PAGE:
Recently I installed Fedora 15 on a standalone system to do some testing. This system has ASUS motherboard with a single integrated Atheros 8131 Gigabit Ethernet NIC.
Here is the relevant output from ipconfig -a:
p33p1 Link encap:Ethernet HWaddr E0:CB:4E:1A:F6:D5 inet addr:192.168.0.114 Bcast:192.168.0.255 Mask:255.255.255.0 inet6 addr: fe80::e2cb:4eff:fe1a:f6d5/64 Scope:Link UP BROADCAST RUNNING MULTICAST MTU:1500 Metric:1 RX packets:62680 errors:0 dropped:0 overruns:0 frame:0 TX packets:37533 errors:0 dropped:0 overruns:0 carrier:1 collisions:0 txqueuelen:1000 RX bytes:94004479 (89.6 MiB) TX bytes:2446588 (2.3 MiB) Interrupt:44
I expected to see eth0; instead the NIC was named p33p1.
The lsmod utility showed that the correct kernel module, i.e. atl1c.ko, was loaded. Using lspci -n showed the PCI vendor and device numbers to be 1969:1063.
The change in device naming occured as a result of Matt Domsch’s Fedora 15 Consistent Network Device Naming project. The goal of this project was to change the network device naming scheme from ethX to a physical location-based name for easy identification and use. Ethernet NICs embedded on the motherboard will be named em rather than ethX. PCI add-in card NICs will be named p<slot>p<port>. Linux guests running under virtualization platforms such as KVM, Xen, VMware Workstation or ESX, or Microsoft Hyper-V will not have their devices renamed.
The mechanism for doing the device name remapping is a combination of udev rules and biosdevname which is a udev helper utility developed by Dell and released under GPL. It is intended to provide a consistent naming mechanism for network devices based on their physical location as suggested by the system BIOS. Specifically, the system BIOS indicates the order of onboard network devices to the OS via SMBIOS type 41 records. The system BIOS also provides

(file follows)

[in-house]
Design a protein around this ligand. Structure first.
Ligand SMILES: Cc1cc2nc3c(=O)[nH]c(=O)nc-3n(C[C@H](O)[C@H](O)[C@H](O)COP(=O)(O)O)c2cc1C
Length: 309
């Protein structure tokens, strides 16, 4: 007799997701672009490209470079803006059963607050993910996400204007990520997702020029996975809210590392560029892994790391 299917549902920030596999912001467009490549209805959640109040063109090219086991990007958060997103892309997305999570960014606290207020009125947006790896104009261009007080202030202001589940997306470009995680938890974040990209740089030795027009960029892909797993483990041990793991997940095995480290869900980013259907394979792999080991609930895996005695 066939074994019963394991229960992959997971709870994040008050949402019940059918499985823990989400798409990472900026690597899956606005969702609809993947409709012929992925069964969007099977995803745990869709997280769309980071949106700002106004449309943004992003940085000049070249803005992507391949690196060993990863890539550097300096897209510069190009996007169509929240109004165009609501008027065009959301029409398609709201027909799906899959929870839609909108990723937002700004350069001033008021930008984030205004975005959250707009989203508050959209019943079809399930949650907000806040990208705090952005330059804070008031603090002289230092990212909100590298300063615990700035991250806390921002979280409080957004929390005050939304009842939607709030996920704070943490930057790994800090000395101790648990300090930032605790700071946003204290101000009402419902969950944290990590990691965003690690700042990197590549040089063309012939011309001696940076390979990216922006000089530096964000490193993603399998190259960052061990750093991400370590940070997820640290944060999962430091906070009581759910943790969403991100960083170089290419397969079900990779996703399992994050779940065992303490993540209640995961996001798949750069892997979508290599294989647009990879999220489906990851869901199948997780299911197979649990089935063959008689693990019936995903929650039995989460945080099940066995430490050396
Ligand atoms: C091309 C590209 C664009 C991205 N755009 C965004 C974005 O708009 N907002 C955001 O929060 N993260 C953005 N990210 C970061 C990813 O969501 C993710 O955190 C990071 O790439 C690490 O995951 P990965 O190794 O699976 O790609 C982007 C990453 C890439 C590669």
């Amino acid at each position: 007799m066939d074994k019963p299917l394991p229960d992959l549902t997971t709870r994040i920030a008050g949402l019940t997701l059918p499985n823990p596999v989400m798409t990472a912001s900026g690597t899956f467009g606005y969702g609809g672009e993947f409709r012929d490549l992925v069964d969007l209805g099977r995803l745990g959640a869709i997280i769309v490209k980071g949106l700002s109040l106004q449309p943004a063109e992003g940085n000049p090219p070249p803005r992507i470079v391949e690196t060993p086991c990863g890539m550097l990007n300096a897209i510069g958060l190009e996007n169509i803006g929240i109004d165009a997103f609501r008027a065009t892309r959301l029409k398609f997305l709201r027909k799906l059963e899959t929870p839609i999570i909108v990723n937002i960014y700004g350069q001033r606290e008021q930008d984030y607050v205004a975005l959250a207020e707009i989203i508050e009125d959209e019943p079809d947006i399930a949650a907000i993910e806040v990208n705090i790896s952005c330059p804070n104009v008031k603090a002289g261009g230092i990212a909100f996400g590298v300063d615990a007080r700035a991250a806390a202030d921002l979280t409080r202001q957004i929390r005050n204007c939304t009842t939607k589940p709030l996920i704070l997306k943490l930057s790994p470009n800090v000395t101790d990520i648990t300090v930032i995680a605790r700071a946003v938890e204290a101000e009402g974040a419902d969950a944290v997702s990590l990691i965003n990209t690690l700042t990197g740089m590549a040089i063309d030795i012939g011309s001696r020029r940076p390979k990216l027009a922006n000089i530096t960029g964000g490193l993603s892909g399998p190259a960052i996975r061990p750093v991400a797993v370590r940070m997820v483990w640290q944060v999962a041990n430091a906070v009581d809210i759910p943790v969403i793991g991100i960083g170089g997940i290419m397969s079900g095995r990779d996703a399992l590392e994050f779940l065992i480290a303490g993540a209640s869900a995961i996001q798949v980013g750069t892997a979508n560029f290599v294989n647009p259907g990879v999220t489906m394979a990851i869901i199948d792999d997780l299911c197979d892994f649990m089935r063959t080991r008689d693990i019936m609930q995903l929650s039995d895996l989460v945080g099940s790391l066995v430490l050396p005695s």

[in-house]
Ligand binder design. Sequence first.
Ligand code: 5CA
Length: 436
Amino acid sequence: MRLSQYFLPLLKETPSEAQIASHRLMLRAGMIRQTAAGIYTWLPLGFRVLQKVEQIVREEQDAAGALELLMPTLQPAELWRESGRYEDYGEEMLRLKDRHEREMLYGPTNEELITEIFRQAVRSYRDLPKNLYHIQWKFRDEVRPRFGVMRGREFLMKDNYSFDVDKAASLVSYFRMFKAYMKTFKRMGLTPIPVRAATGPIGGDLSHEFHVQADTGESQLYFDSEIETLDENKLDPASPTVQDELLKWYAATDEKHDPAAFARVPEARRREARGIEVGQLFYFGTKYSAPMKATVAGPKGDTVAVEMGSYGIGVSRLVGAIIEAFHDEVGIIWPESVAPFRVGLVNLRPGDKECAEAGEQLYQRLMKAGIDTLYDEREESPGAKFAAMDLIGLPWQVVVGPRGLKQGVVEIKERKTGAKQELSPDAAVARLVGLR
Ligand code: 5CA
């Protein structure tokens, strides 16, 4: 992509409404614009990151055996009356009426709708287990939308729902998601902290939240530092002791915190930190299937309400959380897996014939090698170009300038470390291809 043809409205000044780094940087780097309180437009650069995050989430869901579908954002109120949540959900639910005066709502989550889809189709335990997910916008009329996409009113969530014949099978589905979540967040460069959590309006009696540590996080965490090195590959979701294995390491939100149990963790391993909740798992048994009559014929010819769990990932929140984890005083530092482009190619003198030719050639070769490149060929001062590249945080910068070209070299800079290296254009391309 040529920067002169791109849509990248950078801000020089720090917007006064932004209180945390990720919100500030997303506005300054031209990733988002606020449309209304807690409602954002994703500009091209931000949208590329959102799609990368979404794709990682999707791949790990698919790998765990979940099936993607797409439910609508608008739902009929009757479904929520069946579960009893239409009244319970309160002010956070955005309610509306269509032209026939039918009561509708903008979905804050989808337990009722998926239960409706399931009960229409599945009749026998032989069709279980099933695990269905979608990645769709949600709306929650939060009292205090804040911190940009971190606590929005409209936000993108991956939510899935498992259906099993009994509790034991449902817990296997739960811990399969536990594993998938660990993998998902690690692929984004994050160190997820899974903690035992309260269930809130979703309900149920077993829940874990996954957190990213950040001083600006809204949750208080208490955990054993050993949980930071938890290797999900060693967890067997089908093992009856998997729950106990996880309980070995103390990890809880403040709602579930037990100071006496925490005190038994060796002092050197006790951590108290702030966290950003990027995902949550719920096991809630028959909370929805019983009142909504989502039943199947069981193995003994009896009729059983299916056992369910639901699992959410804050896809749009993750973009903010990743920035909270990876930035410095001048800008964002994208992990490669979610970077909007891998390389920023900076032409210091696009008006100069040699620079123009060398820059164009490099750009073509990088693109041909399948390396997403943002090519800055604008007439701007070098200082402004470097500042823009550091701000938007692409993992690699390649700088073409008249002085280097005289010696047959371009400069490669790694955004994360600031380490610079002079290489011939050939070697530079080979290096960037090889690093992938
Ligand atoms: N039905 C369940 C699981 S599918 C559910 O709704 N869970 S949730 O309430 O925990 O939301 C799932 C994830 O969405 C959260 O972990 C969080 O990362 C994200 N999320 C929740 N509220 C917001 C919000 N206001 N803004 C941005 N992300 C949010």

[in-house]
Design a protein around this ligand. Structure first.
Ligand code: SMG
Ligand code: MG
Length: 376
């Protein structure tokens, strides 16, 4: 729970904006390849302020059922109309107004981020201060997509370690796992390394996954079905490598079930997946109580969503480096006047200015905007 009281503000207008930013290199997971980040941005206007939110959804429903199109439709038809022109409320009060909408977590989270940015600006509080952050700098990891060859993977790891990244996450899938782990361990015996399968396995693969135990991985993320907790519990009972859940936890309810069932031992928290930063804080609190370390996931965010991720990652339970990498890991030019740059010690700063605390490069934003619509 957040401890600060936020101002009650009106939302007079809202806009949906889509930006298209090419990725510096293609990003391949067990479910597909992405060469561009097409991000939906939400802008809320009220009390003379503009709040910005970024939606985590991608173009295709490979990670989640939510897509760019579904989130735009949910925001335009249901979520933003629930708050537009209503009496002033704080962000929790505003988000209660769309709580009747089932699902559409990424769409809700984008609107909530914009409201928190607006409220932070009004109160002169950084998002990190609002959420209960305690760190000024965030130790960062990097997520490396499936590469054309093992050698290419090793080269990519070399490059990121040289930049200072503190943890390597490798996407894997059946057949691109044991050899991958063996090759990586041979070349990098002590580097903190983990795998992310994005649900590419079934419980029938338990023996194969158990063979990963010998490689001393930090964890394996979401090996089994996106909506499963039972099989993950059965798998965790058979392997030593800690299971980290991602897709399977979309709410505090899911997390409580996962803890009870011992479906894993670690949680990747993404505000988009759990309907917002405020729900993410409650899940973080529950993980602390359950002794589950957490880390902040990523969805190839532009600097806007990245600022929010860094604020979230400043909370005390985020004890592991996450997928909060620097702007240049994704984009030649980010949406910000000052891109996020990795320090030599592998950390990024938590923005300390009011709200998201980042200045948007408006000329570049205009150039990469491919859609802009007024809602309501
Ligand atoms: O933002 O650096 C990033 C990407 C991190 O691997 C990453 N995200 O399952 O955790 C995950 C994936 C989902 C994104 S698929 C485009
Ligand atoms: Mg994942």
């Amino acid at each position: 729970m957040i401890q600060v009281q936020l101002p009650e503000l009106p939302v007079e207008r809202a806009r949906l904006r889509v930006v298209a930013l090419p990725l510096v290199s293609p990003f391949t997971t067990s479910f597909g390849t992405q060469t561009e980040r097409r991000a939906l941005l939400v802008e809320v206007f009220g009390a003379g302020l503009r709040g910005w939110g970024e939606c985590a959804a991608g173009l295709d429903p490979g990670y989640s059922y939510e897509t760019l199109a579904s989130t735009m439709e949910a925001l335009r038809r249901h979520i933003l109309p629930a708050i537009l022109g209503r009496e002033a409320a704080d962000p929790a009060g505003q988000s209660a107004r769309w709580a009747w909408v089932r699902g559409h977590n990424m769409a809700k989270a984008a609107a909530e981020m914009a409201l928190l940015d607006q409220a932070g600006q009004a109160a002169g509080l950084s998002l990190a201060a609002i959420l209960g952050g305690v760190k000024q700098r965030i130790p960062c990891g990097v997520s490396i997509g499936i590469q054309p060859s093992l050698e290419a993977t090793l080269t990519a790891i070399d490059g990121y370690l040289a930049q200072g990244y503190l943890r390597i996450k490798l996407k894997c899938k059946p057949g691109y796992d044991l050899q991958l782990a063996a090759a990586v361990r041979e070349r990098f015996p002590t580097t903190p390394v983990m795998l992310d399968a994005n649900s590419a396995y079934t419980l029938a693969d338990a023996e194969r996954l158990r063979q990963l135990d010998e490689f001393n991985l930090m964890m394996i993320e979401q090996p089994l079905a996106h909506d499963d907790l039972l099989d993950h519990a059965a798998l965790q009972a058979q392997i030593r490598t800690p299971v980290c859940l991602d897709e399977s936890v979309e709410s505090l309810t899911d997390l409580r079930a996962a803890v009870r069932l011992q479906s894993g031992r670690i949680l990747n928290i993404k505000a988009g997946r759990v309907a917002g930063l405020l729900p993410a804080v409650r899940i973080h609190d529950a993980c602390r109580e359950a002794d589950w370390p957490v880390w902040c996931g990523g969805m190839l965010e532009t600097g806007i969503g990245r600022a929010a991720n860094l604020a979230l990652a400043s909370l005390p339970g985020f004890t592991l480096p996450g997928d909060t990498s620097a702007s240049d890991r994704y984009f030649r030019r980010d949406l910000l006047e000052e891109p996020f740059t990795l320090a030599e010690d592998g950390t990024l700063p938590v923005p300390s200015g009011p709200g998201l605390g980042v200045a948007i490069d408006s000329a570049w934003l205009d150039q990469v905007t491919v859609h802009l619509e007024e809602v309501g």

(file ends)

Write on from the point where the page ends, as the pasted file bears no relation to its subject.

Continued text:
Note that existing installations upgraded to Fedora 15 or Fedora 16 will not see a change in device names unless /etc/udev/rules.d/70-persistent-net.rules is deleted and the HWADDR lines are removed from all /etc/sysconfig/network-scripts/ifcfg-* files, and those files are renamed to use the new device names.
So how did the NIC end up being named p33p1? According to biosdevname, this means that the NIC is located at PCI slot 33, port 1.
# biosdevname -d BIOS device: p33p1 Kernel name: p33p1 Permanent MAC: E0:CB:4E:1A:F6:D5 Assigned MAC : E0:CB:4E:1A:F6:D5 Driver: atl1c Driver version: 18.104.22.168-NAPI Firmware version: N/A Bus Info: 0000:01:00.0 PCI name : 0000:01:00.0 PCI Slot : 33 Index in slot: 1 # ethtool -i p33p1 driver: atl1c version: 22.214.171.124-NAPI firmware-version: N/A bus-info: 0000:01:00.0
It turns out that this particular motherboard implements SMBIOS 2.5 which supports type 9 tables but not type 41 tables (SMBIOS 2.6 supports both tables) so I am not sure how bioddevname is coming up with a slot number of 33. I plan to investigate further if time permits.
By the way, this behaviour can be turned off by adding biosdevname=0 to the kernel command line.